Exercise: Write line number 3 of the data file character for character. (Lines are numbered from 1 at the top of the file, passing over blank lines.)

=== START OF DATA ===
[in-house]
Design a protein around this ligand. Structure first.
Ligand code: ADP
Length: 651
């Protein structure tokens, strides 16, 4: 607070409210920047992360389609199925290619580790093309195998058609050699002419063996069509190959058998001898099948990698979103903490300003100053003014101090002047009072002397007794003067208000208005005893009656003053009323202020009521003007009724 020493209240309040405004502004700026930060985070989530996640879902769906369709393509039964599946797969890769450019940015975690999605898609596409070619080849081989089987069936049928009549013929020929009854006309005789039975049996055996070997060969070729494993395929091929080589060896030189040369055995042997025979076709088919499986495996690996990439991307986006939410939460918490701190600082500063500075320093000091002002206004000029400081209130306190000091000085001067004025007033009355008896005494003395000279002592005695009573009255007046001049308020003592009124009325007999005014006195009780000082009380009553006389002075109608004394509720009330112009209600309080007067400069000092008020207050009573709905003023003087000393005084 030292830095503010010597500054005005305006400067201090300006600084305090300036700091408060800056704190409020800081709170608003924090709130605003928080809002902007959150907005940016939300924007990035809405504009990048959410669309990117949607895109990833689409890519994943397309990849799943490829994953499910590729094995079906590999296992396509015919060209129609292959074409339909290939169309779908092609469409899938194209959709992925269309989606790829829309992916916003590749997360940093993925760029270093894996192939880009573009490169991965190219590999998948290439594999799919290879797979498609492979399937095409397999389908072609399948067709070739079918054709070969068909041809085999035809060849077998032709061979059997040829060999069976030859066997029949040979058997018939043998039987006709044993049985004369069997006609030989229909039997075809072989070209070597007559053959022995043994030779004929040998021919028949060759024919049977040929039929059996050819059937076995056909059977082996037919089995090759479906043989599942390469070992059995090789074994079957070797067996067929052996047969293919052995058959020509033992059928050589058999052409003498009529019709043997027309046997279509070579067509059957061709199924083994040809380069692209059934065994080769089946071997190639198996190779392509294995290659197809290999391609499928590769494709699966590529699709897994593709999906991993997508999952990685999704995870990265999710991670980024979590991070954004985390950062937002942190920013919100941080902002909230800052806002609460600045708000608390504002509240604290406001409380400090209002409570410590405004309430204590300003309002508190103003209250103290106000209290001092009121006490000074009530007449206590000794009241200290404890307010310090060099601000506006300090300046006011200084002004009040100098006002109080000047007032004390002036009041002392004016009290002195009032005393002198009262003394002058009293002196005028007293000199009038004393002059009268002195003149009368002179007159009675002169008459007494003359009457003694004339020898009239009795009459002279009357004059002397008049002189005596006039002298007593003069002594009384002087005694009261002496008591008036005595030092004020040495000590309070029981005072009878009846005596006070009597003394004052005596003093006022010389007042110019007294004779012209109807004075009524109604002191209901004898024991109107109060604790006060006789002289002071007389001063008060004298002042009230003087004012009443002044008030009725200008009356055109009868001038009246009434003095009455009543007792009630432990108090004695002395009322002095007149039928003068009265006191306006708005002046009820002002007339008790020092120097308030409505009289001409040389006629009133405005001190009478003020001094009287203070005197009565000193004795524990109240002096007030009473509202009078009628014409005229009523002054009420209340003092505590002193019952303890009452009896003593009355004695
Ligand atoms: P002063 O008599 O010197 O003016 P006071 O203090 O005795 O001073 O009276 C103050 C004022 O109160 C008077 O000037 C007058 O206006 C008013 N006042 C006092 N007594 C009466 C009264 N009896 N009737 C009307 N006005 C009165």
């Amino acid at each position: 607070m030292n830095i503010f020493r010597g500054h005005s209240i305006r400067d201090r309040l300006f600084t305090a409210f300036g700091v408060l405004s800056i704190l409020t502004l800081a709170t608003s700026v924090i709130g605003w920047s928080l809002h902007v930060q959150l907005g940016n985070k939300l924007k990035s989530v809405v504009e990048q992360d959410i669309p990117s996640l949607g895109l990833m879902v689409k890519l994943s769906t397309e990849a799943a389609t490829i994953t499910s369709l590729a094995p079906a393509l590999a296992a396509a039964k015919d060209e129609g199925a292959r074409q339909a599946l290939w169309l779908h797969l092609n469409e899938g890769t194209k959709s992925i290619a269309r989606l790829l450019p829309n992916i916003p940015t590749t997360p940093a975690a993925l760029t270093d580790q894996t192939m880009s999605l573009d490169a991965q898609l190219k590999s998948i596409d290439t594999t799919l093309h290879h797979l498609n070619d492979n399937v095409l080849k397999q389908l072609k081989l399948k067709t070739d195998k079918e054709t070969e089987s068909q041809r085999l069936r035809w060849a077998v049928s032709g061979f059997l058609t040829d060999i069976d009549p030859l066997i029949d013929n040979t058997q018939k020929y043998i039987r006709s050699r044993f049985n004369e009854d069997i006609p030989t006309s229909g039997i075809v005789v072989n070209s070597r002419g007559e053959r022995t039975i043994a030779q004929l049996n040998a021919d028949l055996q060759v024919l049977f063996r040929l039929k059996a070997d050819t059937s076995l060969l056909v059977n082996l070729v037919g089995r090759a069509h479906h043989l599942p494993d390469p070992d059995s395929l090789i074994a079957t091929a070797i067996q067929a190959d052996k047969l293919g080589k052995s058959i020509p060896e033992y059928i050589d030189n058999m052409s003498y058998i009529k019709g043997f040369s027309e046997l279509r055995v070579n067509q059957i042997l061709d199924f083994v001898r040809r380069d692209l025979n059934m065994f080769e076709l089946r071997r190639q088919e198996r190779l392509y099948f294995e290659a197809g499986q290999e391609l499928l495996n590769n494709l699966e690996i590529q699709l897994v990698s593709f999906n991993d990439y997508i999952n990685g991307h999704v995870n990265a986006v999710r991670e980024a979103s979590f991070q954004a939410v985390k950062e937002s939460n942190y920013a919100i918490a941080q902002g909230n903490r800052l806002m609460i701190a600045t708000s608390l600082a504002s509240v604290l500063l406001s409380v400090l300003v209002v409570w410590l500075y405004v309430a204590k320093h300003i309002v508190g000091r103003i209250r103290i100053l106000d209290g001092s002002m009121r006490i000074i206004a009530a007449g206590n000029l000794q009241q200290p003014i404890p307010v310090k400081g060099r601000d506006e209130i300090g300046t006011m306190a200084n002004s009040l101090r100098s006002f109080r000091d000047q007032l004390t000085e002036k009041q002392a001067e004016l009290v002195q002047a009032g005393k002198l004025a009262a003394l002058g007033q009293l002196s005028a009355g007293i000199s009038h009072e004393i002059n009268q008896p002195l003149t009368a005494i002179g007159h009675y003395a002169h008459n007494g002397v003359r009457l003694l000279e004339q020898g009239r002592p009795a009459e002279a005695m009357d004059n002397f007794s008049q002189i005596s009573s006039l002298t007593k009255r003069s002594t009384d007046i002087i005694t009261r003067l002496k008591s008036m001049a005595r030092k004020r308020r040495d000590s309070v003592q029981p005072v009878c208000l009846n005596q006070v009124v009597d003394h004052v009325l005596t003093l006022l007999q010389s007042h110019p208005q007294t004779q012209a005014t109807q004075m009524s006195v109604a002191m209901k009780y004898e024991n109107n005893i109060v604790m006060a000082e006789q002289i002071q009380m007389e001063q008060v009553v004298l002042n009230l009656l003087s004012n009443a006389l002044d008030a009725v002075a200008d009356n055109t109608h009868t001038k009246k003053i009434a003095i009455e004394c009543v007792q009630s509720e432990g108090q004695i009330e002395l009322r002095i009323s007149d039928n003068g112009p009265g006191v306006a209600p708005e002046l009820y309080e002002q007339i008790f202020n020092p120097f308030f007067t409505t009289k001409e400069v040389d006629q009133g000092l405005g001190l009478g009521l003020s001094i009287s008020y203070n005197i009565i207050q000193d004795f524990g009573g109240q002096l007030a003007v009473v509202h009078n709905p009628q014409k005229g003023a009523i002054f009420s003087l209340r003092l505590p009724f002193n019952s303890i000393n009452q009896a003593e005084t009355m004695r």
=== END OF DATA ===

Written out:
Ligand code: ADP